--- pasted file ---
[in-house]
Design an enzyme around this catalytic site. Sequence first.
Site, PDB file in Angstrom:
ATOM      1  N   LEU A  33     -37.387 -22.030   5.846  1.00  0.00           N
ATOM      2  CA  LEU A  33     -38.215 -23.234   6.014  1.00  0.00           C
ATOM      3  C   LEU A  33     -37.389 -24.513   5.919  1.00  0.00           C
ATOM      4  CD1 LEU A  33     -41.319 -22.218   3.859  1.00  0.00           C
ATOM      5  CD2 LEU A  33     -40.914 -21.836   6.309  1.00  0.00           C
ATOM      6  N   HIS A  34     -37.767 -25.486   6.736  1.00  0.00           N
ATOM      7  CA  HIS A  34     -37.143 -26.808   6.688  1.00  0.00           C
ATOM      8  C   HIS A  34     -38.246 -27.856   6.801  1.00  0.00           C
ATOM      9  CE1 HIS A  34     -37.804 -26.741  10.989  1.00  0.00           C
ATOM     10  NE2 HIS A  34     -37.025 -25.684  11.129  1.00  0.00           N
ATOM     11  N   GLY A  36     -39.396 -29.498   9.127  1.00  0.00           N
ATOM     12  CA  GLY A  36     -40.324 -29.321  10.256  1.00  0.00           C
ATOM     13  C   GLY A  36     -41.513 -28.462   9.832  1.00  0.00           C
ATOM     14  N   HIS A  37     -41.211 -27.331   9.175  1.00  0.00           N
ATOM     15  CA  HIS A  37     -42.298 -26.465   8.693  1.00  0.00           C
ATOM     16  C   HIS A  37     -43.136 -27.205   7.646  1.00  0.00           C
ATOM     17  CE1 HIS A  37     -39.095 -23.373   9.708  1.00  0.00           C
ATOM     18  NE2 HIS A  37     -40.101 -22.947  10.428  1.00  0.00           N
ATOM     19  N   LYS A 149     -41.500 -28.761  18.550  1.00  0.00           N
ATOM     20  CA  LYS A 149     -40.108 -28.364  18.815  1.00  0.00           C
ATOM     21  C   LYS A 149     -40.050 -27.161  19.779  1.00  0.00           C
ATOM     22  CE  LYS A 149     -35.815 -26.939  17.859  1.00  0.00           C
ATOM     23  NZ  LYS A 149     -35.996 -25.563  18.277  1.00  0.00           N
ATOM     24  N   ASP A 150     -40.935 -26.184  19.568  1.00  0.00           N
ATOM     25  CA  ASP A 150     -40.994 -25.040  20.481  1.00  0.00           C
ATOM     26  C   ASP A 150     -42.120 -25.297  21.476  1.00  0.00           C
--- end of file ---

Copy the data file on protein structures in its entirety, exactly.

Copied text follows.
[in-house]
Design an enzyme around this catalytic site. Sequence first.
Site, PDB file in Angstrom:
ATOM      1  N   LEU A  33     -37.387 -22.030   5.846  1.00  0.00           N
ATOM      2  CA  LEU A  33     -38.215 -23.234   6.014  1.00  0.00           C
ATOM      3  C   LEU A  33     -37.389 -24.513   5.919  1.00  0.00           C
ATOM      4  CD1 LEU A  33     -41.319 -22.218   3.859  1.00  0.00           C
ATOM      5  CD2 LEU A  33     -40.914 -21.836   6.309  1.00  0.00           C
ATOM      6  N   HIS A  34     -37.767 -25.486   6.736  1.00  0.00           N
ATOM      7  CA  HIS A  34     -37.143 -26.808   6.688  1.00  0.00           C
ATOM      8  C   HIS A  34     -38.246 -27.856   6.801  1.00  0.00           C
ATOM      9  CE1 HIS A  34     -37.804 -26.741  10.989  1.00  0.00           C
ATOM     10  NE2 HIS A  34     -37.025 -25.684  11.129  1.00  0.00           N
ATOM     11  N   GLY A  36     -39.396 -29.498   9.127  1.00  0.00           N
ATOM     12  CA  GLY A  36     -40.324 -29.321  10.256  1.00  0.00           C
ATOM     13  C   GLY A  36     -41.513 -28.462   9.832  1.00  0.00           C
ATOM     14  N   HIS A  37     -41.211 -27.331   9.175  1.00  0.00           N
ATOM     15  CA  HIS A  37     -42.298 -26.465   8.693  1.00  0.00           C
ATOM     16  C   HIS A  37     -43.136 -27.205   7.646  1.00  0.00           C
ATOM     17  CE1 HIS A  37     -39.095 -23.373   9.708  1.00  0.00           C
ATOM     18  NE2 HIS A  37     -40.101 -22.947  10.428  1.00  0.00           N
ATOM     19  N   LYS A 149     -41.500 -28.761  18.550  1.00  0.00           N
ATOM     20  CA  LYS A 149     -40.108 -28.364  18.815  1.00  0.00           C
ATOM     21  C   LYS A 149     -40.050 -27.161  19.779  1.00  0.00           C
ATOM     22  CE  LYS A 149     -35.815 -26.939  17.859  1.00  0.00           C
ATOM     23  NZ  LYS A 149     -35.996 -25.563  18.277  1.00  0.00           N
ATOM     24  N   ASP A 150     -40.935 -26.184  19.568  1.00  0.00           N
ATOM     25  CA  ASP A 150     -40.994 -25.040  20.481  1.00  0.00           C
ATOM     26  C   ASP A 150     -42.120 -25.297  21.476  1.00  0.00           C